Last Friday night was a night that I had been anticipating for a very long time. After two illness-related cancellations in the last two years, legendary Scottish guitarist Bert Jansch finally made it to Pittsburgh, one of only a handful of US performances this fall. The man should need no introduction, but for the unfamiliar, Bert Jansch came to prominence in the British folk and blues revival of the 1960’s, both as a solo artist and a member of the jazz/folk fusion group Pentangle. His playing and songwriting have been enormously influential in the folk world and beyond, and his praises have been sung by everyone from Led Zeppelin’s Jimmy Page (who pinched Bert’s arrangement of the traditional “Blackwaterside”, and without crediting him) to Neil Young, for whom Bert served as opening act on his last tour.
On this latest trek, Bert was headlining, and his support was Pegi Young (Neil’s wife) and her band, The Survivors, who were all seasoned west coast session musicians. The setting was the First Unitarian Church, which proved a great sounding venue for both Pegi Young’s country rock and Bert’s solo acoustic set. I wasn’t sure how many people would be attending the show, so I purchased tickets well in advance, not wanting to chance a sell-out. As it turns out, there were a fair number of empty pews that night, which I considered mind-boggling… this was Bert Jansch!!! How many times was he going to come back to Pittsburgh?! I didn’t dwell on it for very long… being a friend of the promotor, I knew that Bert would get paid no matter who showed up, and the modest crowd (100-125 people, maybe?) made for a memorable, intimate night. Continue reading →
Philadelphia based guitarist Eric Carbonara achieves a rare state of beauty with his third full length release, The Paradise Abyss. With his 34 year-old handmade spruce and cypress flamenco guitar, Carbonara has created an album where technique and feel harmonize perfectly with composition. Listening to this record gave me the kind of feeling I usually only get from instrumental records from the finest gypsy flamenco players… or say, from the music of Ornette Coleman! This is the kind of feeling that transcends time and reveals the true spirit of it’s inspired maker. The Spanish call this Duende, and when listening to The Paradise Abyss, I could feel it’s presence!
The album begins with the composition “Abortion of Autumn”, a piece elegantly expressed through the use of flamenco and classical techniques, Carbonara’s skilled use of tonal colours conjuring a scene of natural warmth and beauty. On “Draw Me Out From My True Self”, aggressive rasquedo technique gives way to another gorgeous melodic progression. “Dawn Never Dusk” begins with a slightly dark melody that exudes a deep, contemplative feeling, which eventually flows into a cascading waterfall of plucked notes, shifting to blissful calm before ending in a light dance. Both “Gaggle to Jolly” and “Dance of the Sinister Nymph” are driving, spirited pieces, full of Andalusian dynamics and colour. “Charles Smokes a Cigarette” lands squarely in Davy Graham territory with it’s moody jazz-blues feel. The record finishes with the composition “Infinite Breath of Lady Greenland”, a simply stated, picturesque folk melody that reveals infinite intent with circular picking patterns that seem to dance into the heavens.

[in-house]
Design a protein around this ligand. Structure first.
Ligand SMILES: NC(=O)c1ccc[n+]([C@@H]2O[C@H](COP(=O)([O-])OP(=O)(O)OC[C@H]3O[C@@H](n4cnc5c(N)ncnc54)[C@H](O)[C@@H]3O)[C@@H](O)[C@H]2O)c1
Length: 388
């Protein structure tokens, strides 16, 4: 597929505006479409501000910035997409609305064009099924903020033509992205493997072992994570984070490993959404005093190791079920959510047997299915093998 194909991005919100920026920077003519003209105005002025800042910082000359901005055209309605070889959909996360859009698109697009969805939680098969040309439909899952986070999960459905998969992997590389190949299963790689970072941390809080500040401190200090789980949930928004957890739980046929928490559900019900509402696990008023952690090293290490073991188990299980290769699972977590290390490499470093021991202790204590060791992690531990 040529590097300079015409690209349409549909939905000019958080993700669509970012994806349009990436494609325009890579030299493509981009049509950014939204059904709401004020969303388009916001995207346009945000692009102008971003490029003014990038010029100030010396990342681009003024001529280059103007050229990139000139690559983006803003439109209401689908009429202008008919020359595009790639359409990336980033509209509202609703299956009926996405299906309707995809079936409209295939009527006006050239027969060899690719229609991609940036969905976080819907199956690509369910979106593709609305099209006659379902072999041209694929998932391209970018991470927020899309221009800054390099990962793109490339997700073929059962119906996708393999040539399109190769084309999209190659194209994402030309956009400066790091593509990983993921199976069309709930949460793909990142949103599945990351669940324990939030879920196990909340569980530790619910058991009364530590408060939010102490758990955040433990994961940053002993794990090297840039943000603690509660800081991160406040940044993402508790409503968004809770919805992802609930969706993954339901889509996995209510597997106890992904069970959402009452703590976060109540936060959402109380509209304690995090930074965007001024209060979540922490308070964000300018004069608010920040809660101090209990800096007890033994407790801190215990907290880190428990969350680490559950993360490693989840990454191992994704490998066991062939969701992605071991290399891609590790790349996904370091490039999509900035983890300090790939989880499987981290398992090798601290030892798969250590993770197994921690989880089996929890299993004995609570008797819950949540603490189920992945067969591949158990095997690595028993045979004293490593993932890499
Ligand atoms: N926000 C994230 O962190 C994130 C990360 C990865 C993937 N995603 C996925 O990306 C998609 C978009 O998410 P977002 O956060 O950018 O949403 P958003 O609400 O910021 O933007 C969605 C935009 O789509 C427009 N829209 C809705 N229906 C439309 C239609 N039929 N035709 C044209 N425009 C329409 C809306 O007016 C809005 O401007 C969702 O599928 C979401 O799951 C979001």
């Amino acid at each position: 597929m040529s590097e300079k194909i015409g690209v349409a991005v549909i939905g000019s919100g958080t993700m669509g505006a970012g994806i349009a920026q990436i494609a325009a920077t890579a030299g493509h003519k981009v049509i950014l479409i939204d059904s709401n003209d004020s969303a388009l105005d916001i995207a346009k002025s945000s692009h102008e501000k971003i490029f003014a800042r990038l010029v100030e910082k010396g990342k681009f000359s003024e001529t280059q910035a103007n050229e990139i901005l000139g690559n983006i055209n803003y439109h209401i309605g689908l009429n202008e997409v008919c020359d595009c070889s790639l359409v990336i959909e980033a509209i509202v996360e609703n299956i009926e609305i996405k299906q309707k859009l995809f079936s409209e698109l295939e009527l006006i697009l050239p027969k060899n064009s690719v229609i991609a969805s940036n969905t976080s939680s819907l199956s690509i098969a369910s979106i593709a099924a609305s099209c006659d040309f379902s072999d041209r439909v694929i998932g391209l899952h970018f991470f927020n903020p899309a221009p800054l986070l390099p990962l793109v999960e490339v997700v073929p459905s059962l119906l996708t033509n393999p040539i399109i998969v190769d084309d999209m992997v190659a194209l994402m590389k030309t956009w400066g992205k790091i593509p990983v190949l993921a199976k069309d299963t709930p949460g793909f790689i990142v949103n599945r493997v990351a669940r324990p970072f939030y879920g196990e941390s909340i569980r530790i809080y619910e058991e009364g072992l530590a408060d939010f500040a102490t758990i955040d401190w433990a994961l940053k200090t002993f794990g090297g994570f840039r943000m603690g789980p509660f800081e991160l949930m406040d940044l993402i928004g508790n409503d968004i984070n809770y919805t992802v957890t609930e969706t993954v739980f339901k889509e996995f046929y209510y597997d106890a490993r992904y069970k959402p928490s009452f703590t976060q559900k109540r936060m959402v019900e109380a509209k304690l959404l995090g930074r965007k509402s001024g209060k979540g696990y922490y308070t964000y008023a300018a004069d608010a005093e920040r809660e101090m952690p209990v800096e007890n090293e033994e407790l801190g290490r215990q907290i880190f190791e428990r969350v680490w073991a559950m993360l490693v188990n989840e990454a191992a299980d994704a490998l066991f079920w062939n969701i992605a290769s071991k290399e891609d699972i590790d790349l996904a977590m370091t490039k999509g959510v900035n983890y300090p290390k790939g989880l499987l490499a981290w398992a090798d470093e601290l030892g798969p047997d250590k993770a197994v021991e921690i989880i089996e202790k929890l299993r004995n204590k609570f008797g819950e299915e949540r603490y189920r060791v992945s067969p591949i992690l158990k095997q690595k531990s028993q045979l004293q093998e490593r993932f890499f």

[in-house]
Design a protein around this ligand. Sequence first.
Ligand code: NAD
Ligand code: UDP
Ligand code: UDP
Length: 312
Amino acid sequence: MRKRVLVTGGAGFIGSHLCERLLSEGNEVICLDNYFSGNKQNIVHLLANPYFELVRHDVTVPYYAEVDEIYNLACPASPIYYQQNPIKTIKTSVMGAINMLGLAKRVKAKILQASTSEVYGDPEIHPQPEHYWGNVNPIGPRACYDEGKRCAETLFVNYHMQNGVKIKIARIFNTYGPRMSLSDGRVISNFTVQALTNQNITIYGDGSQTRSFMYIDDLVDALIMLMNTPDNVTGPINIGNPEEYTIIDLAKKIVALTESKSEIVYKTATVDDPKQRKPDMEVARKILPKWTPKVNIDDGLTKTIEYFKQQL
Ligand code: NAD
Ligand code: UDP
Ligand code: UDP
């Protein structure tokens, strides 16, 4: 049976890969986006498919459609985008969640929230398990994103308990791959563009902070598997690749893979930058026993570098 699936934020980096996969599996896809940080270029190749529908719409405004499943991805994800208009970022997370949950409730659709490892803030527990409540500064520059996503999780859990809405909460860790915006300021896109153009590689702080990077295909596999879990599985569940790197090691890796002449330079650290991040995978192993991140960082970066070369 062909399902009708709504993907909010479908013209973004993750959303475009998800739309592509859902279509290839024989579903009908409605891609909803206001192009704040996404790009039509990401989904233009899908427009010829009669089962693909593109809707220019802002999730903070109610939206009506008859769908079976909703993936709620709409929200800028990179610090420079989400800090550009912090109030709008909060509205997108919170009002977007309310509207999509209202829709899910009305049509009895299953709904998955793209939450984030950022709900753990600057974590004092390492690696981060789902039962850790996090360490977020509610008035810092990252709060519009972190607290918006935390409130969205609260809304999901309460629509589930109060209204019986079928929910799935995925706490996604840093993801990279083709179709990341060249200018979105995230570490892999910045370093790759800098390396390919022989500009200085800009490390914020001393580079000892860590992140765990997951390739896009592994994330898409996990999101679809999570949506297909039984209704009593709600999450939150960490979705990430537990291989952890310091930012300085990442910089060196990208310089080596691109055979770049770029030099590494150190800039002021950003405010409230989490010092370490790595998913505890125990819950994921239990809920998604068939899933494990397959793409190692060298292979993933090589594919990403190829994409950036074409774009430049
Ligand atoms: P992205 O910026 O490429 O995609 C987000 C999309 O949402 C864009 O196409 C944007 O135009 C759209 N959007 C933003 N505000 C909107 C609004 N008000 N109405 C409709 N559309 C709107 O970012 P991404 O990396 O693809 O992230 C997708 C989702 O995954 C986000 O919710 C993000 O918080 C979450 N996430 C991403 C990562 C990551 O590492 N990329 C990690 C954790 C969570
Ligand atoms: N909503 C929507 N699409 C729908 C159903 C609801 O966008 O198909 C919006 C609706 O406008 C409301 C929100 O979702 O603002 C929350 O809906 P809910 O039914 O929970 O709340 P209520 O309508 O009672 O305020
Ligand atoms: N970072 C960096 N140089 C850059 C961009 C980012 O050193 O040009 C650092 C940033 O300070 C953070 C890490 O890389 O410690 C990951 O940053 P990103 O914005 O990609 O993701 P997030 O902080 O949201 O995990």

To get more insight about this album, I interviewed Eric during the month of November.
W&W : How would you describe the evolution of your playing and composition as it relates to The Paradise Abyss?
The Paradise Abyss is much more composed than [previous album]Exodus Bulldornadius… there’s still a good bit of improvised bits throughout Paradise, but during the writing of this album, I was much more aware of what I was doing, that I was writing autobiographical narratives… that I was telling a story, with every note being a word. Exodus felt way more cathartic as just raw expression, while Paradise feels more like i was thinking before speaking. During Paradise, I often felt conflicted when a composition started to become something that wasn’t in harmony with the truth of what the story was about… I was even a little worried that I would start to make life decisions based on a subconscious desire to have the songs sound sadder and more evil! Continue reading →
This is not my own scoop, but a re-blogging of a recent article by Marshall Newman. It’s interesting, considering that Renbourn has never been known to play a Martin… but then again, as my friend Steve commented, “Linda Ronstadt has a signature model Martin, and she’s never even played guitar!” In any event, sounds like it’s going to be a fine instrument! Martin doesn’t seem to have made a formal announcement yet, but Newman’s article let’s us know what’s in store:
John Renbourn’s musical influences range from folk, blues and jazz to early music and classical, and all – separately and in combination – have found a place in t he rich musical landscape he has created during his long career. One of the world’s most brilliant fingerstyle guitarists, Renbourn has dazzled, confounded and inspired, whether solo, paired with Bert Jansch or Stefan Grossman or as a member of Pentangle, and he continues to create music of uncommon beauty and depth.